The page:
My wife has Alzheimer’s disease and caring for her is physically as well as emotionally demanding. Caring for myself, therefore, is essential — for both of us.
As a caregiver, I think that self-care starts with awareness, honesty, and acceptance. Many of us who care for our spouses in one way or another may not at first recognize, or may choose not to recognize, the early symptoms of Alzheimer’s. Personally, I went through some denial. I wanted to believe that if I worked hard enough and just kept living my life — our life — normally, then it would all indeed be… normal.
Recognize Caregiver Stress
I have always loved my job and been accomplished at it. You could even say I WAS my job. At the time of my wife’s diagnosis, my boss was set to retire and I was poised to be his replacement. Fearing that a perception of fragility would hurt my career trajectory, I avoided talking publicly about my wife’s illness. But caring for my wife meant I had new responsibilities and concerns, on top of all the things I was already handling. Soon, I started to see negative effects at work. I was building a dam to stem the tide of my emotions and the problems that were mounting up. Stress just kept coming and I didn’t know how to deal with it, except by blocking it off and keeping it inside. As a result I became increasingly anxious and exhausted… read more.
It’s possible I was experiencing an adjustment disorder. An adjustment disorder is a short-term illness during which a person finds it very difficult to cope with a particular source of stress, such as a significant change in life circumstances. Adjustment disorders are common among caregivers like me because caregivers are often required to suddenly take on new and sometimes overwhelming responsibilities.
The symptoms of an adjustment disorder can include:
- Anxiety, fear or worry
- Avoiding others (including family and friends)
- Difficulty concentrating
- Difficulties doing normal tasks (school, job, paying bills)
Fortunately, there are treatments and support for caregivers experiencing an adjustment disorder. One treatment is the type of cognitive behavioral therapy provided via telehealth by MyHealios. Cognitive behavioral therapy is a talk therapy that can help caregivers manage their symptoms by changing the way they think and behave.
Ask for Help
My symptoms included depression, anxiety, and difficulty sleeping. One night, I woke up suddenly and found myself struggling to breathe. My legs were trembling, my heart was racing and I was feeling claustrophohic. I had to get outside! In the fresh air on my balcony I felt a little bit better but I was still shrouded in a sense of doom. Was I having a heart attack? I went to the hospital but my heart was fine. The doctors said I’d had a panic attack and was overstressed. It was time for me to get help.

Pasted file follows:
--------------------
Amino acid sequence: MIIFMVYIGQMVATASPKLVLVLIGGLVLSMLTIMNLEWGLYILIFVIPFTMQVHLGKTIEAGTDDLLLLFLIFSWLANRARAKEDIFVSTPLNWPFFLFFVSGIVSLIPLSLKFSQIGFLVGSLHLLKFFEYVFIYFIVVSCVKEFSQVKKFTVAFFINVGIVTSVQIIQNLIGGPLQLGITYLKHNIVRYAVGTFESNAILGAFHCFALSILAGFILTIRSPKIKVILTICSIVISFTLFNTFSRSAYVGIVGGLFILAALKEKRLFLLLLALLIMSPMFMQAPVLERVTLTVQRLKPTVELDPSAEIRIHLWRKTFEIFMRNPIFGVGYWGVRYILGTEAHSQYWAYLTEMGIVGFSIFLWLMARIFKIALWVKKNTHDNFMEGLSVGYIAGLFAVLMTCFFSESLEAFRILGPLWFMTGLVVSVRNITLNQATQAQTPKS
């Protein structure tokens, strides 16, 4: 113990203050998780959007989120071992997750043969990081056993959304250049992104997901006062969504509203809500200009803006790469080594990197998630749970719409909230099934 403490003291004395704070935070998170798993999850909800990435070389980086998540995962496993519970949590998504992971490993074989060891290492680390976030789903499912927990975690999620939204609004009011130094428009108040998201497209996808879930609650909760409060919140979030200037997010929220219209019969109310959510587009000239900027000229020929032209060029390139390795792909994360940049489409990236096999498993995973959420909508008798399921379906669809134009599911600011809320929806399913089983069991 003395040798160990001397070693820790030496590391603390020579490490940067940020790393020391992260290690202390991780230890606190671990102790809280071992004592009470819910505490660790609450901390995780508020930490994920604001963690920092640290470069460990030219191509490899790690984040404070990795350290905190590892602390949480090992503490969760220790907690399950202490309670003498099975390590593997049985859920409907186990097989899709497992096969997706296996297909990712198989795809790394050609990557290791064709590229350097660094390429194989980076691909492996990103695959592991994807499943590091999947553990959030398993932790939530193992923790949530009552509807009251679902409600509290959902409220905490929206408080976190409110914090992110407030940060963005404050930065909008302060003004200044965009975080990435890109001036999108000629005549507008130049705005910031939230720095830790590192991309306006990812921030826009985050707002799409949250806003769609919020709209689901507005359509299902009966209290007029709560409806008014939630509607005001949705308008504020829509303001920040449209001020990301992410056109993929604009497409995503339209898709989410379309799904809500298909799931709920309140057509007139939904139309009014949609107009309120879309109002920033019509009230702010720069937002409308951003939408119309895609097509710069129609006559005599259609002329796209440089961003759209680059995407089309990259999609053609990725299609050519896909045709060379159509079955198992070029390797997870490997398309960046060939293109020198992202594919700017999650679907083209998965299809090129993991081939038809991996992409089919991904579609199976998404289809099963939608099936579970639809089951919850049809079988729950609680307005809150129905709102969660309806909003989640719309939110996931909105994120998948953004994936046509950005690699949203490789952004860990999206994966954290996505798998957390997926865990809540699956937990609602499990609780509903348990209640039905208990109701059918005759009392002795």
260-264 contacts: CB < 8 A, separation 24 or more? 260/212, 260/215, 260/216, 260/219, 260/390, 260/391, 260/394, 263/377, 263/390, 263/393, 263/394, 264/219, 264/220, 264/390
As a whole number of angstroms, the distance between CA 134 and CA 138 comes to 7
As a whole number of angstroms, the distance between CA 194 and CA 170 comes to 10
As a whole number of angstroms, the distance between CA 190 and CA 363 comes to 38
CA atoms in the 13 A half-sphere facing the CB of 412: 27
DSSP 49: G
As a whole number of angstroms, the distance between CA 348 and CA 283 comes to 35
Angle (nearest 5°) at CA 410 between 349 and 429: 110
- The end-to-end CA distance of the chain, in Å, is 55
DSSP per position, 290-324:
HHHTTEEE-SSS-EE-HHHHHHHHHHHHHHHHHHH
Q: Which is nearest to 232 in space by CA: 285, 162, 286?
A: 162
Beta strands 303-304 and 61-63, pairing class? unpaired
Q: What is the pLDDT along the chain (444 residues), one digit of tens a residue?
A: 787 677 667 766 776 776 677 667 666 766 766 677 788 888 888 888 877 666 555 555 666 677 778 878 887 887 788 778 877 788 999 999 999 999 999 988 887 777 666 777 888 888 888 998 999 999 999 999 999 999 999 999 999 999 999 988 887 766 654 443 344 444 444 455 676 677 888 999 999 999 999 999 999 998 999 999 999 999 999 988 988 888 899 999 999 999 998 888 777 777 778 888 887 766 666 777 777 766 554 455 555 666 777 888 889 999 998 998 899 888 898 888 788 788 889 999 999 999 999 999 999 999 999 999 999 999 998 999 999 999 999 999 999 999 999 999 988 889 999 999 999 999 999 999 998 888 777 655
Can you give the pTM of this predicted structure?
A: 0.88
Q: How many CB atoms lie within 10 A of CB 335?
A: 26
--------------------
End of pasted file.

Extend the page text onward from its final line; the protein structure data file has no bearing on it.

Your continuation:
I had been trying to handle everything on my own and in secret. But to relieve my stress I needed to start being honest with myself, my friends, and my coworkers. And I needed to find some assistance as I cared for my wife. Whether that assistance would come from home health care, Alzheimer’s day care, an Alzheimer’s assisted living residence, or a memory care facility, I didn’t yet know — but I knew that for both my sake and my wife’s, I needed to garner support.
Don’t Be Afraid to Disappoint
The most difficult thing for me to do was to ask for a reduced schedule at work. In doing so, I was admitting that life was not the same — and wouldn’t be the same moving forward. I was very afraid that I was disappointing my boss and I felt ashamed that I couldn’t handle work and my wife’s care like I had previously. But after I opened up to my boss, things started to come easier. I was able to open up to others, too, and in doing so I was able to find support. Suddenly, I wasn’t alone any more.
Look After Yourself So You Can Look After Your Loved One
Taking care of people with Alzheimer’s requires energy, creativity, and time. It also requires education, training, and specific skills. You can learn to be an even better caregiver and the techniques and information you acquire will make your own life and your loved one’s life even better.
As I’m sure you know, caregiving can be challenging and stressful, I hope you can take time to care for yourself and to find help if you experience any symptoms of an adjustment disorder. Adjustment disorder is treatable but if left untreated it could progress to something more serious, which would not be good for you or for the loved one you care for. When I got help (for myself and for my wife), I was able to recover my energy, to improve our quality of life, and to increase our ability to enjoy time together.
I know that my wife will not get better and that she will continue to lose objects and accuse me of hiding them, but instead of getting angry or feeling hurt, I have learned to channel empathy. The more she becomes fragile and dependent, the more I try to create moments of serenity for us both. I wish you the opportunity to do the same.